Women with heart failure, a condition in which the heart fails to pump enough blood to meet the body's demands, may live longer than their male counterparts, a new study says.
The results are based on an analysis of 31 studies involving 28,000 men and 14,000 women with long-term (chronic) heart failure who were followed for three years.
After taking into account patients' age, men had a 31 percent higher risk of dying over the study compared with women, the researchers said.
However, the absolute difference between men and women's mortality was only slight. Over the three year period, 25.3 percent of the women and 25.7 percent of the men died.
The study is the largest to look at how gender affects risk of death for people with heart failure.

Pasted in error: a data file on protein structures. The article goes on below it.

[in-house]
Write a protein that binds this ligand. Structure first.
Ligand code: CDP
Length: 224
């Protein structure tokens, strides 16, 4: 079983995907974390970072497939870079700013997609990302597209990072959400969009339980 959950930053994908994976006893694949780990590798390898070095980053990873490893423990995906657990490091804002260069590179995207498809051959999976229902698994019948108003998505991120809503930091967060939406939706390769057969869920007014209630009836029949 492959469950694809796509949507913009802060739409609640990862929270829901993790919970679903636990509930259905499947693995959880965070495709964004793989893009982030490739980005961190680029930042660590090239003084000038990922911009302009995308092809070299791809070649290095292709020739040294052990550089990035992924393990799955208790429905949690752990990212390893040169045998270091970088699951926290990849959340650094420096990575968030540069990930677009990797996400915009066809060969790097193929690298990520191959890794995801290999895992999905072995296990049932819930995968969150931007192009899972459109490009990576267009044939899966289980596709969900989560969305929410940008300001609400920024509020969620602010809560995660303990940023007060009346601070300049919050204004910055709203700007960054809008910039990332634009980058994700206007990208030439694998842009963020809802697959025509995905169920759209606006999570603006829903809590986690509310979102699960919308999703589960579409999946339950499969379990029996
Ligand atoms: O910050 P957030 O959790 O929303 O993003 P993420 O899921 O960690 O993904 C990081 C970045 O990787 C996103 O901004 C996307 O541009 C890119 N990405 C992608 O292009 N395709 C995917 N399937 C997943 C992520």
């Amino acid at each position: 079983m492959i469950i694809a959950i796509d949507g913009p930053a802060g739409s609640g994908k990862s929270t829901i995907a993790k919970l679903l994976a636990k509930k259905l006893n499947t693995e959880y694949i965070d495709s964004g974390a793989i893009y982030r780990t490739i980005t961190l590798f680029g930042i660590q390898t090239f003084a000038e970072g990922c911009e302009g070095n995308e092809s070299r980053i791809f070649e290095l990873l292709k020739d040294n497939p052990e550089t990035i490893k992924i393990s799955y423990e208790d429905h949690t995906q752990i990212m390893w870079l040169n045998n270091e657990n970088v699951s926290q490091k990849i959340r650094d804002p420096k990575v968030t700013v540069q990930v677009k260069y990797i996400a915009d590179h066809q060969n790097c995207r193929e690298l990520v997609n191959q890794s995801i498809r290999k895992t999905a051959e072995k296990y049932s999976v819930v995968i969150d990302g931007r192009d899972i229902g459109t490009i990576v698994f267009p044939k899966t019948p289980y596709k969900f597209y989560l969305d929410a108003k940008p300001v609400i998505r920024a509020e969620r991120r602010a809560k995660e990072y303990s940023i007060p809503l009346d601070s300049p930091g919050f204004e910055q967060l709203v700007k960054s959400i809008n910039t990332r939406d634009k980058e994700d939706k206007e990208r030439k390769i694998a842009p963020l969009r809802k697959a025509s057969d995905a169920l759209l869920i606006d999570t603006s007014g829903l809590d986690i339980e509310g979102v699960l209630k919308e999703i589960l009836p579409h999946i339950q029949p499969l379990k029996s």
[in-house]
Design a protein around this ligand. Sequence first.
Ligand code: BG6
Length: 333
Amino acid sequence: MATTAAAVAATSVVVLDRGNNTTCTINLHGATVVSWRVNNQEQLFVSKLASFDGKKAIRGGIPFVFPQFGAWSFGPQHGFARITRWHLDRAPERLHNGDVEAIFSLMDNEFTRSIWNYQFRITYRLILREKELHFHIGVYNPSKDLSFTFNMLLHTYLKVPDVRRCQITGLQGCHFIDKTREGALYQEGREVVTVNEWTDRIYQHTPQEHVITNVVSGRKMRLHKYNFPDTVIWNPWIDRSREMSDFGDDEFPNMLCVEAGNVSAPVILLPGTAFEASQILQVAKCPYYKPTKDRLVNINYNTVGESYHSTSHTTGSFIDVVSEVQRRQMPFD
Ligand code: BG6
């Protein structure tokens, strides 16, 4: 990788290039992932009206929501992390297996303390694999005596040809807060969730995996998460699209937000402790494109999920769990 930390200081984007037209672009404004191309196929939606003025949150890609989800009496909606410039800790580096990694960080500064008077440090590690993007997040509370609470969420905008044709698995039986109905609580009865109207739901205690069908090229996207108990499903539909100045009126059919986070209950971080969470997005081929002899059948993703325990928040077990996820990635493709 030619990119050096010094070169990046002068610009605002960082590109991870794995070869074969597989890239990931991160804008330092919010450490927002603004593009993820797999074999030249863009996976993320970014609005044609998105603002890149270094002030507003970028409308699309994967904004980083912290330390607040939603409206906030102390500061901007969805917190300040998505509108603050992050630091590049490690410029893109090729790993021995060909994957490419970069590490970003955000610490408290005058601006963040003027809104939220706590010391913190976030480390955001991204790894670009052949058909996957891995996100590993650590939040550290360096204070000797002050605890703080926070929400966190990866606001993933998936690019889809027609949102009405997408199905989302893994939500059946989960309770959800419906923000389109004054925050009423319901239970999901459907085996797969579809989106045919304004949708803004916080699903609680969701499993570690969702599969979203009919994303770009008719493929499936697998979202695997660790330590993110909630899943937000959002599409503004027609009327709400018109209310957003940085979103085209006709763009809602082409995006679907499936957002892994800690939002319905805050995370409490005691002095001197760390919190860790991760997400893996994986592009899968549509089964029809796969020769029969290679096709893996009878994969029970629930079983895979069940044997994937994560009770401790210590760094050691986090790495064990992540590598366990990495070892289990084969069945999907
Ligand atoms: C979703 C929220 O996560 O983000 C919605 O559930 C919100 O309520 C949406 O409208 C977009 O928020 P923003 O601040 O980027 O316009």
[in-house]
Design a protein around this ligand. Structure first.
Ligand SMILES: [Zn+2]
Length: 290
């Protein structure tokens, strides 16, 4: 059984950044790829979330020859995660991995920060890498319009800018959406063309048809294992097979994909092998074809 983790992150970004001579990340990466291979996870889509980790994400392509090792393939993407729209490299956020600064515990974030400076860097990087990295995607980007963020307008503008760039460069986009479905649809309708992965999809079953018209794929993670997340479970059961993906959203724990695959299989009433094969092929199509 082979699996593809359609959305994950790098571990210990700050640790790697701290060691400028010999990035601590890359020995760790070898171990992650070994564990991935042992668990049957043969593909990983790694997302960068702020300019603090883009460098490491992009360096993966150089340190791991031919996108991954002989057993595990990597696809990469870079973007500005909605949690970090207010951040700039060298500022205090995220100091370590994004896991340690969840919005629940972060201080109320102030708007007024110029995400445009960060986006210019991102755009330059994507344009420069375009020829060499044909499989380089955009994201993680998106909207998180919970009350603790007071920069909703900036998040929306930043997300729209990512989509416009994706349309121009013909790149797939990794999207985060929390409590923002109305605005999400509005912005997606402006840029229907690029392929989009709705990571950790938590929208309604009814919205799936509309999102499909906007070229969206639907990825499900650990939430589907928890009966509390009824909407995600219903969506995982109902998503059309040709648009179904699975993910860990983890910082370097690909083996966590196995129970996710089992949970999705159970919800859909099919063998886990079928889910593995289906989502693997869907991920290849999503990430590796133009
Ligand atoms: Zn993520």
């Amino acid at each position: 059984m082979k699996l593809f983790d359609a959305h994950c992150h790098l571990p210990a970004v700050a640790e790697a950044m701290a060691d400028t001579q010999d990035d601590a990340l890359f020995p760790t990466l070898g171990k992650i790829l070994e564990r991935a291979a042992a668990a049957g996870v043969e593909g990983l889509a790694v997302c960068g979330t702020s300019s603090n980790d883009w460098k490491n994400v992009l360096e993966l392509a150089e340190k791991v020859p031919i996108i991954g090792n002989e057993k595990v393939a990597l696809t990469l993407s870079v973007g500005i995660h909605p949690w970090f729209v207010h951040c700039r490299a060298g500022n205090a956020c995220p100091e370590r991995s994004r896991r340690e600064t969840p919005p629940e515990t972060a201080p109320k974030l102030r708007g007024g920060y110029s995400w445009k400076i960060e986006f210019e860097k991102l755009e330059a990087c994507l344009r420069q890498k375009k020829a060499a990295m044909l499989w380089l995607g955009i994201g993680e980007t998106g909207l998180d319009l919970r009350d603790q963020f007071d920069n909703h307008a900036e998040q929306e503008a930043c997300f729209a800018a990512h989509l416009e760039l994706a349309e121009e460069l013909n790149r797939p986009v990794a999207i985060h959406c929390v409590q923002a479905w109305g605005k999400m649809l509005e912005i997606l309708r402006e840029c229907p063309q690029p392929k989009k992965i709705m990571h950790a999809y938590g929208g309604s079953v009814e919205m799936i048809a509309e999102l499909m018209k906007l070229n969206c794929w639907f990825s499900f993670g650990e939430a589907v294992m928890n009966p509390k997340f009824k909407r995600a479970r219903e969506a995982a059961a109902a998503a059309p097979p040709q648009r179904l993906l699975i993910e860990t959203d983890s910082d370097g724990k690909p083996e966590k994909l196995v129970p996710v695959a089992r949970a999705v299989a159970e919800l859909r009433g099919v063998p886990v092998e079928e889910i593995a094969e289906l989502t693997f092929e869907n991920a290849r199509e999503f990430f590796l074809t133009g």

A number of factors could explain the survival advantage in women, said study researcher Manuel Martinez-Selles, of the Gregorio Marañón University Hospital in Madrid. "The female heart appears to respond to injury differently from the male heart," Martinez-Selles said.
For example, women appear to have less detrimental changes in heart function after an injury, and greater protection from irregular heartbeats, Martinez-Selles said.
The study also found that overall women were prescribed fewer recommended treatments for heart failure than men, including angiotensin converting enzyme (ACE) inhibitors or angiotensin receptor blockers (ARBs) and beta blockers.
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